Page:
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Giants owner Wellington Mara's marquee game against Chicago Bears saved football in New York

The Polo Grounds with more than 70,000 fans

The Polo Grounds with more than 70,000 fans and 125 reporters to see the Giants play Red Grange and the Chicago Bears, Dec. 6, 1925. Credit: AP/Pro Football Hall of Fame

It’s a situation that would have seemed absurd a year ago and abnormal at the beginning of this season but has become all too commonplace now.

When the Giants host their next home game, scheduled for Dec. 13 against the Cardinals at MetLife Stadium, there will be no fans in the building. Coronavirus precautions have eliminated in-person spectators from many NFL venues, and while some teams have welcomed in fractional crowds, the Giants played to an entirely empty house in each of their five previous home games this season and will continue to for the final three.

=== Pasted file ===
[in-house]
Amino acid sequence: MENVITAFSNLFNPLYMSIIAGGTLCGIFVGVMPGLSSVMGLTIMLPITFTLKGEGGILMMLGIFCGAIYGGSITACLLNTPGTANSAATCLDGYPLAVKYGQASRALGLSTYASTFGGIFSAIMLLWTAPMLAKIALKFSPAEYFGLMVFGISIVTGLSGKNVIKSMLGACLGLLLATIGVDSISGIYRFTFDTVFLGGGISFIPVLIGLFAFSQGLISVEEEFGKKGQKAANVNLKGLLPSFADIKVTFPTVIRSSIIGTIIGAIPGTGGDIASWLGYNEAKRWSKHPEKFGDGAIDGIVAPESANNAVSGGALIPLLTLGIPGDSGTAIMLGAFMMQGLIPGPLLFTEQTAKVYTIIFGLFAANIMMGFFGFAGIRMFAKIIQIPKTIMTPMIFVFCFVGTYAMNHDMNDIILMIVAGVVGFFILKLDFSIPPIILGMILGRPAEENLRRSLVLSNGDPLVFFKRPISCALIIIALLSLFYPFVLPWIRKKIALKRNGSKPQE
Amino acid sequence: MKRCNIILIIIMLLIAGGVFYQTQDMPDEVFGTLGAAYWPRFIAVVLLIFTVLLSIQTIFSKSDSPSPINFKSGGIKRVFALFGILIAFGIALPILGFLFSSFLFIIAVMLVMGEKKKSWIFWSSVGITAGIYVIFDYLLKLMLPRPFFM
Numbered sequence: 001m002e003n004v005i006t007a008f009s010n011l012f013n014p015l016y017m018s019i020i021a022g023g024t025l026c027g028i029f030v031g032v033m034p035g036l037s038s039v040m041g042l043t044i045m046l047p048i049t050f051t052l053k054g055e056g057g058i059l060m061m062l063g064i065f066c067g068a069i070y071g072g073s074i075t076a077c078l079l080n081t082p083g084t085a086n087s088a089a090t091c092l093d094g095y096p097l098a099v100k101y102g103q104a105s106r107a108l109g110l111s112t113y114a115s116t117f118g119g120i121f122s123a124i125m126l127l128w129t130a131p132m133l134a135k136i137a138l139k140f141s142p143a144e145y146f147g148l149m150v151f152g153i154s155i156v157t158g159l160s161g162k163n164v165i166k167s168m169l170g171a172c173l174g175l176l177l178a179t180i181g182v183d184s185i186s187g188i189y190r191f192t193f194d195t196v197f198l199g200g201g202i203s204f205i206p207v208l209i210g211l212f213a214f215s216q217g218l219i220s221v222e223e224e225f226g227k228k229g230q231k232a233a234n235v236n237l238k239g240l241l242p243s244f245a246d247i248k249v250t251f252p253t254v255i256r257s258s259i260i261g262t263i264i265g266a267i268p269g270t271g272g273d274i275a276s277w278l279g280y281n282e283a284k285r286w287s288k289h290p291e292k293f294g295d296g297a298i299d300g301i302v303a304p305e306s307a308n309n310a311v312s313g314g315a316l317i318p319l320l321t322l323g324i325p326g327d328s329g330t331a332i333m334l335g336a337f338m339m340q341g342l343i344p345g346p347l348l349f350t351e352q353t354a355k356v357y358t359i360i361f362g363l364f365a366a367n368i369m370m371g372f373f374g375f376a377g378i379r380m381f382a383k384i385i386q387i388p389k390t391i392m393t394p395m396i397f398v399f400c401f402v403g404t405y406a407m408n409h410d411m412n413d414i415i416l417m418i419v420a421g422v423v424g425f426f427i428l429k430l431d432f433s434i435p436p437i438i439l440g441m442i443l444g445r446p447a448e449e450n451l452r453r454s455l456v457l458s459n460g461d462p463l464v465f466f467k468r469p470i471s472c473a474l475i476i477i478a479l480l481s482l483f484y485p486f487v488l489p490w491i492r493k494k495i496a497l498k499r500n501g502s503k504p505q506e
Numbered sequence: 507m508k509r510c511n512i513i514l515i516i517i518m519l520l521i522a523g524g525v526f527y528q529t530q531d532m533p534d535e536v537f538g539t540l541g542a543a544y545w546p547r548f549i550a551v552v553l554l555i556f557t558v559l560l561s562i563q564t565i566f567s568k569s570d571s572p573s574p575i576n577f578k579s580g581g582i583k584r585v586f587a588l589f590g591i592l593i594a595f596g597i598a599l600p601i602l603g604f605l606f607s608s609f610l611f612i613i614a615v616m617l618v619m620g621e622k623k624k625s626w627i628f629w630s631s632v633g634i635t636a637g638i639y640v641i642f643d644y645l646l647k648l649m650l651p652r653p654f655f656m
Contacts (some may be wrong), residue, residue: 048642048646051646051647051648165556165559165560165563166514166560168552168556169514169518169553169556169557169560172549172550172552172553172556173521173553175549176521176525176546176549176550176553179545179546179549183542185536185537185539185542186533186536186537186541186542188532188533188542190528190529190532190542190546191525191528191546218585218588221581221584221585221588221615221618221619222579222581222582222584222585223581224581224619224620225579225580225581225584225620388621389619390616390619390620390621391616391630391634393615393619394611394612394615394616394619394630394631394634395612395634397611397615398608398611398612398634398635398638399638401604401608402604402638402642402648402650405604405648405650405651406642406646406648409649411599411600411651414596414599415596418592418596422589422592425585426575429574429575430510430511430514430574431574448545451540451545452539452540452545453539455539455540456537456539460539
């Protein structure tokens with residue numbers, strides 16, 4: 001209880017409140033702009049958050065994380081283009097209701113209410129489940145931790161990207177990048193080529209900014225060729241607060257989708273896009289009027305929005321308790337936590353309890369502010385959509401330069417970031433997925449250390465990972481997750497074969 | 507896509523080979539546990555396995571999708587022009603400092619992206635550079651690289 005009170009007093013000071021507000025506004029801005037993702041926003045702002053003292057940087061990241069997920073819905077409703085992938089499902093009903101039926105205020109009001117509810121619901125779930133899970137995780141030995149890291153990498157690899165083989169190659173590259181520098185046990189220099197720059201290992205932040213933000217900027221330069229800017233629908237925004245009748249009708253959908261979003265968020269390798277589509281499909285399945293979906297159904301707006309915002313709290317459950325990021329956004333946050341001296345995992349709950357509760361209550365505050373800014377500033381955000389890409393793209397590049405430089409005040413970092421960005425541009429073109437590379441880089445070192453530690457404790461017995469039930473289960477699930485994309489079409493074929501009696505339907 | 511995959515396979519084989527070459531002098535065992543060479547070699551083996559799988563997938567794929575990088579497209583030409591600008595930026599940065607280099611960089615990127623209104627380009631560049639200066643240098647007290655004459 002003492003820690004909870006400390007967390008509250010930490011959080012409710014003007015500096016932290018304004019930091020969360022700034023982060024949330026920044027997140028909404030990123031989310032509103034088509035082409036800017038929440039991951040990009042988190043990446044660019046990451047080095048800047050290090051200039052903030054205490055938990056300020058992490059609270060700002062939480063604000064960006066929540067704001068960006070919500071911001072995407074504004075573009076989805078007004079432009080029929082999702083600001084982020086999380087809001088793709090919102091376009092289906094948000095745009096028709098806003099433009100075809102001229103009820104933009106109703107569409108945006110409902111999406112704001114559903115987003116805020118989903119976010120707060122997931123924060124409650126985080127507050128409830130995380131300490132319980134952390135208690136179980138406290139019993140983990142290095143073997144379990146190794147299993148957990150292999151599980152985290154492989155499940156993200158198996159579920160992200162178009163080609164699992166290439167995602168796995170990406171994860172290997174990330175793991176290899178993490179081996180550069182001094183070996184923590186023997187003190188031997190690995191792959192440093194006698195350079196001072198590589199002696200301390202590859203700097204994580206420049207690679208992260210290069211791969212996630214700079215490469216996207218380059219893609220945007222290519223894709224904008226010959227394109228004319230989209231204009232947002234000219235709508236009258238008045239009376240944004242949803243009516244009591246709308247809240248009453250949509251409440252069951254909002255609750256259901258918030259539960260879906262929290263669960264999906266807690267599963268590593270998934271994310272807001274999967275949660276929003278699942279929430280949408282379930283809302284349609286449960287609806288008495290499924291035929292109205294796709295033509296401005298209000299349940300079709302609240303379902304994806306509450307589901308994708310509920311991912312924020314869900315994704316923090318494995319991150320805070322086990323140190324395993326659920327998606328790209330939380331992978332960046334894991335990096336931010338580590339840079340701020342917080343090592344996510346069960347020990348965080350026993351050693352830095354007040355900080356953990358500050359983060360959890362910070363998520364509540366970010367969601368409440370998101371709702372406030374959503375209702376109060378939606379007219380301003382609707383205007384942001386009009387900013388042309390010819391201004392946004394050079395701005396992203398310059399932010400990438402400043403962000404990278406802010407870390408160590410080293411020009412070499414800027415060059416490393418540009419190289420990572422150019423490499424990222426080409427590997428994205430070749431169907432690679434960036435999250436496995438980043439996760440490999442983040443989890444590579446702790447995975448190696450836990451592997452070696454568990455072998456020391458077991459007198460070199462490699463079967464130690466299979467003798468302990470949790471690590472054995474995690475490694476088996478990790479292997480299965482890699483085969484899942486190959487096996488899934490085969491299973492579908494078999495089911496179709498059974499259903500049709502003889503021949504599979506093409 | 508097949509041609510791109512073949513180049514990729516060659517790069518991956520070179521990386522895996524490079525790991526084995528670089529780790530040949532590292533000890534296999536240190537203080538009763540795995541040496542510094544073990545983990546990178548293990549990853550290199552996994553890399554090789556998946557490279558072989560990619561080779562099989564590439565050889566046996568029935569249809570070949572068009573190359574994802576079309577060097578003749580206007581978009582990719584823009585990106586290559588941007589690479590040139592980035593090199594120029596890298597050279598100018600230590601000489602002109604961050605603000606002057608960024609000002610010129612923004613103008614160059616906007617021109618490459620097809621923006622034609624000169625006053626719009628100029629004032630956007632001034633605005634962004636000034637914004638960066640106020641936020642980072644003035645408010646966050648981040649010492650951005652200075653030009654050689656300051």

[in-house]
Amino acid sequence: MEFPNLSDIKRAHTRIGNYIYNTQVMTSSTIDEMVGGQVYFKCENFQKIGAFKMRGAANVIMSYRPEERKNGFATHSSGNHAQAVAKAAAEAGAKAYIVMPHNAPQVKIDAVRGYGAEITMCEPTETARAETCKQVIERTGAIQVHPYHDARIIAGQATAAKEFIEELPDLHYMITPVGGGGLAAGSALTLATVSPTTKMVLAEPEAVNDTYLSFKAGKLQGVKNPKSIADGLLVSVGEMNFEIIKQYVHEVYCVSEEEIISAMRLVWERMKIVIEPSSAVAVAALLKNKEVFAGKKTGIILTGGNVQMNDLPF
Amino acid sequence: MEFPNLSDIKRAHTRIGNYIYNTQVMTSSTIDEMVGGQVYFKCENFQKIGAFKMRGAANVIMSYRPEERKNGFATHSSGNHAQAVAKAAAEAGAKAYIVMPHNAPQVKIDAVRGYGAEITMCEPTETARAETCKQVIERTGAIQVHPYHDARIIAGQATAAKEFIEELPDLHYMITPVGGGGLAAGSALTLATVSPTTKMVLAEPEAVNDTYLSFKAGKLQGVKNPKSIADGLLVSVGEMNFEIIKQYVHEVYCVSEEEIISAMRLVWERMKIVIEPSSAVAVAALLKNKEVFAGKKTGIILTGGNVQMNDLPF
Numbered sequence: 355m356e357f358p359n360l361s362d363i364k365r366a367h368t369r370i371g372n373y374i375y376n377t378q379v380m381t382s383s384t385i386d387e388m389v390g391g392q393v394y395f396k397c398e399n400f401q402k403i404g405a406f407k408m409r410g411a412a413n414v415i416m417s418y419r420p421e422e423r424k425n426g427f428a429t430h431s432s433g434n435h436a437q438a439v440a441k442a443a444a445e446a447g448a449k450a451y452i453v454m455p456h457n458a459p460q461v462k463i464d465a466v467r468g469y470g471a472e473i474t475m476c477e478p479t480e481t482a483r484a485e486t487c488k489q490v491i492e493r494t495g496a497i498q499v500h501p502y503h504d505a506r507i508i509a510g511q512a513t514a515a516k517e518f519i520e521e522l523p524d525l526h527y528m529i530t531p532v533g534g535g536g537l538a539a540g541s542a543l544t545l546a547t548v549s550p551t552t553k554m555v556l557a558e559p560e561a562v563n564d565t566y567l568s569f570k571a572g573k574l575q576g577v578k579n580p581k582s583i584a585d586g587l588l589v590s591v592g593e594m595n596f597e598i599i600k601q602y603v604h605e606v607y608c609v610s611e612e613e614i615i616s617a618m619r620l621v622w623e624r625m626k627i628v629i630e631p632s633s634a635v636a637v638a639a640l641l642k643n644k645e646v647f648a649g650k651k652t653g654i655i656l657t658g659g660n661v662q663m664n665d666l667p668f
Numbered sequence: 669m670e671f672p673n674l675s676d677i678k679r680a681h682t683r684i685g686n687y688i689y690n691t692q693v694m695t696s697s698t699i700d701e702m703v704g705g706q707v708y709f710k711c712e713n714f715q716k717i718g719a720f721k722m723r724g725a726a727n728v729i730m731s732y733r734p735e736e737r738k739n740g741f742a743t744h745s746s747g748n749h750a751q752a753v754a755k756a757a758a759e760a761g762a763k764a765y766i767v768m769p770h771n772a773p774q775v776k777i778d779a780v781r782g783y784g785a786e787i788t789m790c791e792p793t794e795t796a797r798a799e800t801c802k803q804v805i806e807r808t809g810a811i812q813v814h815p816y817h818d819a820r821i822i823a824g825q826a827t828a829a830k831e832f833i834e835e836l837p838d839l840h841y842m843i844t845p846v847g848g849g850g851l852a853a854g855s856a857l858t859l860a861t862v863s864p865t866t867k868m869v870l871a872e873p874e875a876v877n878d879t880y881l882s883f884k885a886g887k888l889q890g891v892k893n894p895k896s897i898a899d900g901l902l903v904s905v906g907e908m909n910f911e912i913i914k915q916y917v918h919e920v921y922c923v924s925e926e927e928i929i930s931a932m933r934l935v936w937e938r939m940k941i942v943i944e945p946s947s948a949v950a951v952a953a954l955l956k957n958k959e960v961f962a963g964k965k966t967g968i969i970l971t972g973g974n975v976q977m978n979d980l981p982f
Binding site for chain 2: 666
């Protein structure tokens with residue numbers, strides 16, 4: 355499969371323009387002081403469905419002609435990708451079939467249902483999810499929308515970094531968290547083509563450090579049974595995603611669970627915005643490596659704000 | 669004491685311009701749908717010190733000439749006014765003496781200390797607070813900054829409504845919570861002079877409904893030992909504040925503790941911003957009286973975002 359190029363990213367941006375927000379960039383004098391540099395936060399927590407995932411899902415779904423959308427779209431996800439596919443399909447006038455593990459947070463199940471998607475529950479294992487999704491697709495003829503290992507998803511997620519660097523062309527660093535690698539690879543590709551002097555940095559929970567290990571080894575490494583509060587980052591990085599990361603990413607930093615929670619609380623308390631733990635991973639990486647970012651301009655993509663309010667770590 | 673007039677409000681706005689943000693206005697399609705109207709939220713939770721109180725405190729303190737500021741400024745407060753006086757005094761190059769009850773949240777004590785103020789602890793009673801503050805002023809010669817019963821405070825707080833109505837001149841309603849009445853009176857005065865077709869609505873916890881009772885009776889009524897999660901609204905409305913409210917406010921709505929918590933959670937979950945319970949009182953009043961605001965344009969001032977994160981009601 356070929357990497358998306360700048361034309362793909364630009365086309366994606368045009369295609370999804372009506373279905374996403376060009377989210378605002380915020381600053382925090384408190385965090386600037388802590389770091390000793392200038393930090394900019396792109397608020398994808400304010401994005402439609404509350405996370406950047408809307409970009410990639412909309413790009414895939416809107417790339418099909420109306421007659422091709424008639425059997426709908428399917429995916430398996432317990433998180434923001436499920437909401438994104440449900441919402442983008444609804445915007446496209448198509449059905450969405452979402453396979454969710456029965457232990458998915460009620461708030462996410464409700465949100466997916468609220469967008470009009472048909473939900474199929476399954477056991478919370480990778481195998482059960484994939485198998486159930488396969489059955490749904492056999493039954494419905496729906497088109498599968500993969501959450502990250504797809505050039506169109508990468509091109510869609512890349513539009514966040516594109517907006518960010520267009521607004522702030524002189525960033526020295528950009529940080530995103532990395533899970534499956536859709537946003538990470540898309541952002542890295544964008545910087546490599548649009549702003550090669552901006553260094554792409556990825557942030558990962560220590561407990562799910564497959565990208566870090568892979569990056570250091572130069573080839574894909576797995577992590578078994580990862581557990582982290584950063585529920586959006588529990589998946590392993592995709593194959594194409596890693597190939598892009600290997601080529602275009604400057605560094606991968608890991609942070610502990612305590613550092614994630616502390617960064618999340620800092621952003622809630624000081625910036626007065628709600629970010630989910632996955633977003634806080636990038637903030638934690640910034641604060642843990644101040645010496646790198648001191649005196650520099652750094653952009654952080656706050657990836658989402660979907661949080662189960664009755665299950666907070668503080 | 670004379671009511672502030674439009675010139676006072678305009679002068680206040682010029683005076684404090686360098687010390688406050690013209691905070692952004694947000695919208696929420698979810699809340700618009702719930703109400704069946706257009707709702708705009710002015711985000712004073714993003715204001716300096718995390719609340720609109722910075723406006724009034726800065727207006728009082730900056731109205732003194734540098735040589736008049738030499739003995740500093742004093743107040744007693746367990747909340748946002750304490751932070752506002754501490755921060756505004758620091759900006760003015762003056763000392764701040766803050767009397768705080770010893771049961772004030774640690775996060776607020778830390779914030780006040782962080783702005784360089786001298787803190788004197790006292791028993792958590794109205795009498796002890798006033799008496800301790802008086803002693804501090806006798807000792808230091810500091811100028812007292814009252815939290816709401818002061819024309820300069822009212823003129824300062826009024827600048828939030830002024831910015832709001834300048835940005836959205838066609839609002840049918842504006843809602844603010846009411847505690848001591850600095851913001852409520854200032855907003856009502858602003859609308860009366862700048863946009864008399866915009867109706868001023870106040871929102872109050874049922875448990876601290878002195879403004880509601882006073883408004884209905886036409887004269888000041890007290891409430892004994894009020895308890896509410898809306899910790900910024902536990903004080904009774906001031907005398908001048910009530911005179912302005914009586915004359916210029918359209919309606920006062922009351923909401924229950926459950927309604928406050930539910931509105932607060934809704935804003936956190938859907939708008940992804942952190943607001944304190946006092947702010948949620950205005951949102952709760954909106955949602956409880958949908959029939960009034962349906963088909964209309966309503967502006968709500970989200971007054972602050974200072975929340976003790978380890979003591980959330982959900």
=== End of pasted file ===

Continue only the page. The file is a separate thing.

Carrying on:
Had that been anything close to the case exactly 95 years ago on Sunday, when the Giants hosted the Bears, there is a good chance none of the current games would not be taking place.

That’s because on Dec. 6, 1925, toward the end of the Giants’ inaugural season, with the franchise bleeding money and owner Tim Mara and other NFL executives worried that professional football might never be a success in New York City, more than 70,000 fans packed the Polo Grounds in upper Manhattan.

Sure, they came not to see the Giants so much as to witness Red Grange play for the visiting team, but their attendance and their money counted just the same.